How is Hanami celebrated today?
Little has changed since the time of Japan's shoguns with families and groups of friends spending the season in local parks to take advantage of the pretty blossoms. There's still an emphasis on the sharing of food and drink with evening gatherings that can last into the small hours of the night (known as yozakura). Paper lanterns often decorate the cherry trees for extra light. It's a time when the Japanese let their hair down and enjoy a little frivolity.
Cherry blossom is now a highly documented event in Japan with meteorological forecasts of when and where the blossoms will start. Newspapers and TV stations keep close track on the movement of the 'cherry blossom front' as it moves across the islands. With such a short period of activity, it's vital that you know where you need to be and when to make the most of the season.
When is the best time to visit Japan for cherry blossoms?
The exact start date changes each year but generally speaking the cherry blossom on the main island starts at the end of March and continues through to May. However, the blossoms themselves only last for a few weeks and you may find sakura in one part of the country but not in another. The first blooms appear on the island of Okinawa as early as late January/early February. Much of Honshu (Japan's main island on which you'll find the capital of Tokyo) is in bloom during the months of March and April while the northern island of Hokkaido usually won't receive cherry blossoms until May.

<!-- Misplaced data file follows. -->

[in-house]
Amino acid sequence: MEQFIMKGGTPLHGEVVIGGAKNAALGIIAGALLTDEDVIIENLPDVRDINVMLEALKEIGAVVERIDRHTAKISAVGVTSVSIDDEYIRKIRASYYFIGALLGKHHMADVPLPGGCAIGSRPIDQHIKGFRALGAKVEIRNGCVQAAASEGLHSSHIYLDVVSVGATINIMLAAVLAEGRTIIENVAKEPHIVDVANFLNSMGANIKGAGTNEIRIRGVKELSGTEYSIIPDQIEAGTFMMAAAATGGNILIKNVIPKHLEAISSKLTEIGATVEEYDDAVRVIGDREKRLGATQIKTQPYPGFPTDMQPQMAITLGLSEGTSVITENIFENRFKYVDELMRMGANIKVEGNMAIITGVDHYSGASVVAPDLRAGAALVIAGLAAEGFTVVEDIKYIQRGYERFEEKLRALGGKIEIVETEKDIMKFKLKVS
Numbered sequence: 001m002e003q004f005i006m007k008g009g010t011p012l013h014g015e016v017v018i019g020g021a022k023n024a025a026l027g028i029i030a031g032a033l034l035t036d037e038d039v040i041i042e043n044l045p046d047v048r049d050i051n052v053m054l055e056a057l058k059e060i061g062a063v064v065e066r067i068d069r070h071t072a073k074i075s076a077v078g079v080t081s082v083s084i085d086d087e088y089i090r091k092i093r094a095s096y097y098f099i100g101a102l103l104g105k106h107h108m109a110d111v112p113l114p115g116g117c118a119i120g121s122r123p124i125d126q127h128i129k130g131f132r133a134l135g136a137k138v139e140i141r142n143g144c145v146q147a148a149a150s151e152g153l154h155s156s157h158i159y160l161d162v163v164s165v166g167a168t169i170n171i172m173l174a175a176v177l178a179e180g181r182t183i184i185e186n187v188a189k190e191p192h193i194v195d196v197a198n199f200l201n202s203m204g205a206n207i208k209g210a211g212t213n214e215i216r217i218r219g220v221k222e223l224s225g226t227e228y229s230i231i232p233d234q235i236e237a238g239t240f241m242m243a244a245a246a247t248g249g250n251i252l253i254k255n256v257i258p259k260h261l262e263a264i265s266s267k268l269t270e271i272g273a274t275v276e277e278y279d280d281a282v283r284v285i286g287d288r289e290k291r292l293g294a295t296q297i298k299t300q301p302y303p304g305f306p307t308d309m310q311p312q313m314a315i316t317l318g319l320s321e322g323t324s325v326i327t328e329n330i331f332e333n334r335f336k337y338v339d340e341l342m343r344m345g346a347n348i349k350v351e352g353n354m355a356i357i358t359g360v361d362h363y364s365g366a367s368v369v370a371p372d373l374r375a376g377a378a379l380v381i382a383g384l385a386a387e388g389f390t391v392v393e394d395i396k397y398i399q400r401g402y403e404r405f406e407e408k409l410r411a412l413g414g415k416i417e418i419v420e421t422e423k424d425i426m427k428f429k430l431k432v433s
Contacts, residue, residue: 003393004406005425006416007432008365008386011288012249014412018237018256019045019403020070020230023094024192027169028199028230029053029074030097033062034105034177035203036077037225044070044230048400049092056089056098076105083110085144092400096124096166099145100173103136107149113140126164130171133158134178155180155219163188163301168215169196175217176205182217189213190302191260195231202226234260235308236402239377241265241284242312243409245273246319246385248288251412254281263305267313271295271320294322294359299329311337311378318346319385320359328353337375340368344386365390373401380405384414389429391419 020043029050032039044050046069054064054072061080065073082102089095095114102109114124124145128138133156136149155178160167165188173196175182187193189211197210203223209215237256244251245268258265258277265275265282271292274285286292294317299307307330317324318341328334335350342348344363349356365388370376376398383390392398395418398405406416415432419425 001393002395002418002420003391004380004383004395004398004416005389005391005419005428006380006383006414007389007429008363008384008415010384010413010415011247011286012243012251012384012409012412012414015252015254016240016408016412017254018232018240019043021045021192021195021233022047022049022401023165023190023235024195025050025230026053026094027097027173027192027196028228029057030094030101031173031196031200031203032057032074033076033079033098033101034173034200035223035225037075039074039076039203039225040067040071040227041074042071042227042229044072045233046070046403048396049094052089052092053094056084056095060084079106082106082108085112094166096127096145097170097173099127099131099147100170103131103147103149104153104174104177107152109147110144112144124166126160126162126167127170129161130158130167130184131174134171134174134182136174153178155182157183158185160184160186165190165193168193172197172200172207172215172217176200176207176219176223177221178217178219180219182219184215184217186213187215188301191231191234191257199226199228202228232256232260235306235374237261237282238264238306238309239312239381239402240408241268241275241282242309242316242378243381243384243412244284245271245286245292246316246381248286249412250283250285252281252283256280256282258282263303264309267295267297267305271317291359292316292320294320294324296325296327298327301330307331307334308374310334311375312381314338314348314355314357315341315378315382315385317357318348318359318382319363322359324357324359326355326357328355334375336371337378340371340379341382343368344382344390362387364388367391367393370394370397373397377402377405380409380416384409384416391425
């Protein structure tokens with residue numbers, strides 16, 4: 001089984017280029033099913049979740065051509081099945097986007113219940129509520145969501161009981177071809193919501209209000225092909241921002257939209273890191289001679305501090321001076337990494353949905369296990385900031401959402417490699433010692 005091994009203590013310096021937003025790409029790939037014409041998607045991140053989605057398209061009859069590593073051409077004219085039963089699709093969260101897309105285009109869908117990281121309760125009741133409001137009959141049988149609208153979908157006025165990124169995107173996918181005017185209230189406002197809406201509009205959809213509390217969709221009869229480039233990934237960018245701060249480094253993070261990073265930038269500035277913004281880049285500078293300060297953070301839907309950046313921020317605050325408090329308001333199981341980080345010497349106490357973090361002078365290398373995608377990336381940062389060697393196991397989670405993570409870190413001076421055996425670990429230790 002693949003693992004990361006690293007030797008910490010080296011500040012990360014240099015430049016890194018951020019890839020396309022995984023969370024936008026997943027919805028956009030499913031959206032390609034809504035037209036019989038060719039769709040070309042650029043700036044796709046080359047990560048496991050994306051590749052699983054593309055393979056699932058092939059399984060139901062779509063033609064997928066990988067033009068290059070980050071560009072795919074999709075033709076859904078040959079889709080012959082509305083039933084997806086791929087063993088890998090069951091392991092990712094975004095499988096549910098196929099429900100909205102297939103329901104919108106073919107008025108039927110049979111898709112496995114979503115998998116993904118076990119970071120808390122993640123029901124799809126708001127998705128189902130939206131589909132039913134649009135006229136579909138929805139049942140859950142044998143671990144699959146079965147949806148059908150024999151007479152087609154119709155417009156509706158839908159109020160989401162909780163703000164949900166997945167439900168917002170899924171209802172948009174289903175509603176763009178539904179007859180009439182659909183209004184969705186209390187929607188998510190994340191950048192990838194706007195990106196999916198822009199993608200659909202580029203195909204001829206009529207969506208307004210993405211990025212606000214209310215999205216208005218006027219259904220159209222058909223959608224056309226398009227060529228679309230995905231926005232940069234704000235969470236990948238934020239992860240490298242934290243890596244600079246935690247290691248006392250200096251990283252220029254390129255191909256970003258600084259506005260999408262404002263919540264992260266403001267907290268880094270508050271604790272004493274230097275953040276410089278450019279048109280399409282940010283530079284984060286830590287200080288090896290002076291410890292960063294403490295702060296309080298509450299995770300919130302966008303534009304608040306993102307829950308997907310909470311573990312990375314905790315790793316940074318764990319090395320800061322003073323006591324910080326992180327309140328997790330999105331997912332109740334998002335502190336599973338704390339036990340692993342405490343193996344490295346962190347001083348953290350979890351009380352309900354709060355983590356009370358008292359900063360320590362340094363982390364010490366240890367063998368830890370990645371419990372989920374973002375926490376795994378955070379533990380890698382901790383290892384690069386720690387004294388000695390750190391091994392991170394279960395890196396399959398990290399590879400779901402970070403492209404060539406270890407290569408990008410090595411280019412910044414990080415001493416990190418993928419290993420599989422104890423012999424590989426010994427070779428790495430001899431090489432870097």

It is thought the climate change is beginning to affect the cherry blossoms in Japan. In 2021, the season was believed to begin earlier than any recorded record since the 1400s. The first blooms arrived around three weeks earlier than average, in mid-March.
If you want to follow the 'cherry blossom front' the trick is to start in the west of Japan and move with the blossoms across the middle section of the country. This way you'll be able to bask in the glorious pink landscapes as you travel around the main sights.
PLEASE NOTE: This is a rough guide to the movement of cherry blossoms in Japan. If you are planning on building a holiday itinerary around the cherry blossoms then it's best to keep a close eye on the official forecasts provided by private agencies in Japan.
Where are the best spots in Japan for cherry blossom?
It's likely you'll encounter a cherry tree or two wherever you go in Japan and there are countless places that offer a fantastic hanami experience but some destinations have their own particular trump card and here's our choice of the top ten.
The gleaming and ultra-modern capital of Tokyo may not seem an obvious choice but the city is home to a number of parks and picnic-friendly spots. The Ueno Park is particularly popular as it is home to over 1,200 cherry trees that are lit up at night. It's a top choice for those looking for a bit of culture with a number of museums and shrines so expect crowds.
If you prefer something a little more sedate then the spacious lawns of Shinjuku Gyoen are a better option with a comparable number of cherry trees as a backdrop. South of Shibuya the scenic district of Nakameguro is a romantic spot in which to enjoy sakura with a tree-lined canal (pictured) that twinkles at night with the glow of lanterns.